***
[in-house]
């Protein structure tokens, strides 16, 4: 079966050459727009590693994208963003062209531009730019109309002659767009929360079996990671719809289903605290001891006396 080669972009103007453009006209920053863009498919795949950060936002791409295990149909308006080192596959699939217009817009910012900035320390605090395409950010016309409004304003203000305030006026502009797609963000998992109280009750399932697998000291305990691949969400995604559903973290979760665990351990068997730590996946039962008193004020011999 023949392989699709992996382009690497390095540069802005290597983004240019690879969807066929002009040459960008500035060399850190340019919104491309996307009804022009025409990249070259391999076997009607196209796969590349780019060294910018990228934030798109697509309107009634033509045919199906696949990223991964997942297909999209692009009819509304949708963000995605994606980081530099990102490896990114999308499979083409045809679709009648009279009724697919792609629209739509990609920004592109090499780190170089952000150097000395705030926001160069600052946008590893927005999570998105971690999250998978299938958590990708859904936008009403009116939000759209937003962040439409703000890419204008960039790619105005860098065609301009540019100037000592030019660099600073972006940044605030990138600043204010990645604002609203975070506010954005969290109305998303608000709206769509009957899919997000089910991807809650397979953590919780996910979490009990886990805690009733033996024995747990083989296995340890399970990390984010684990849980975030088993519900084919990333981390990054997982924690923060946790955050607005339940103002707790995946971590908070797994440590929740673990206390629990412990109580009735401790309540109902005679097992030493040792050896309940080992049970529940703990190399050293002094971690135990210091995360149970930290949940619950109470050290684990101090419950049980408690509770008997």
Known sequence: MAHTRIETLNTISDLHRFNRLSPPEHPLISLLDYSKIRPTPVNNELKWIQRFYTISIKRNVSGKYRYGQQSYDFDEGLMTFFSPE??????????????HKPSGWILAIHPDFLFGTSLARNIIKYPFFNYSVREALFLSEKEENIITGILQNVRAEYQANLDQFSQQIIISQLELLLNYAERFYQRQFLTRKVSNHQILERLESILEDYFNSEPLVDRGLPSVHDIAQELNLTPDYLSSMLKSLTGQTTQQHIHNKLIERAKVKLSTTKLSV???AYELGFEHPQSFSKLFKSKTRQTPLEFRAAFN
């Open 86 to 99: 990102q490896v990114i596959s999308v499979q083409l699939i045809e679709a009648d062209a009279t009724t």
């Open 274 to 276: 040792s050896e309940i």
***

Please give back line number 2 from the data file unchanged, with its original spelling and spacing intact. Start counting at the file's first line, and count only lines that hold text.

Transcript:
């Protein structure tokens, strides 16, 4: 079966050459727009590693994208963003062209531009730019109309002659767009929360079996990671719809289903605290001891006396 080669972009103007453009006209920053863009498919795949950060936002791409295990149909308006080192596959699939217009817009910012900035320390605090395409950010016309409004304003203000305030006026502009797609963000998992109280009750399932697998000291305990691949969400995604559903973290979760665990351990068997730590996946039962008193004020011999 023949392989699709992996382009690497390095540069802005290597983004240019690879969807066929002009040459960008500035060399850190340019919104491309996307009804022009025409990249070259391999076997009607196209796969590349780019060294910018990228934030798109697509309107009634033509045919199906696949990223991964997942297909999209692009009819509304949708963000995605994606980081530099990102490896990114999308499979083409045809679709009648009279009724697919792609629209739509990609920004592109090499780190170089952000150097000395705030926001160069600052946008590893927005999570998105971690999250998978299938958590990708859904936008009403009116939000759209937003962040439409703000890419204008960039790619105005860098065609301009540019100037000592030019660099600073972006940044605030990138600043204010990645604002609203975070506010954005969290109305998303608000709206769509009957899919997000089910991807809650397979953590919780996910979490009990886990805690009733033996024995747990083989296995340890399970990390984010684990849980975030088993519900084919990333981390990054997982924690923060946790955050607005339940103002707790995946971590908070797994440590929740673990206390629990412990109580009735401790309540109902005679097992030493040792050896309940080992049970529940703990190399050293002094971690135990210091995360149970930290949940619950109470050290684990101090419950049980408690509770008997």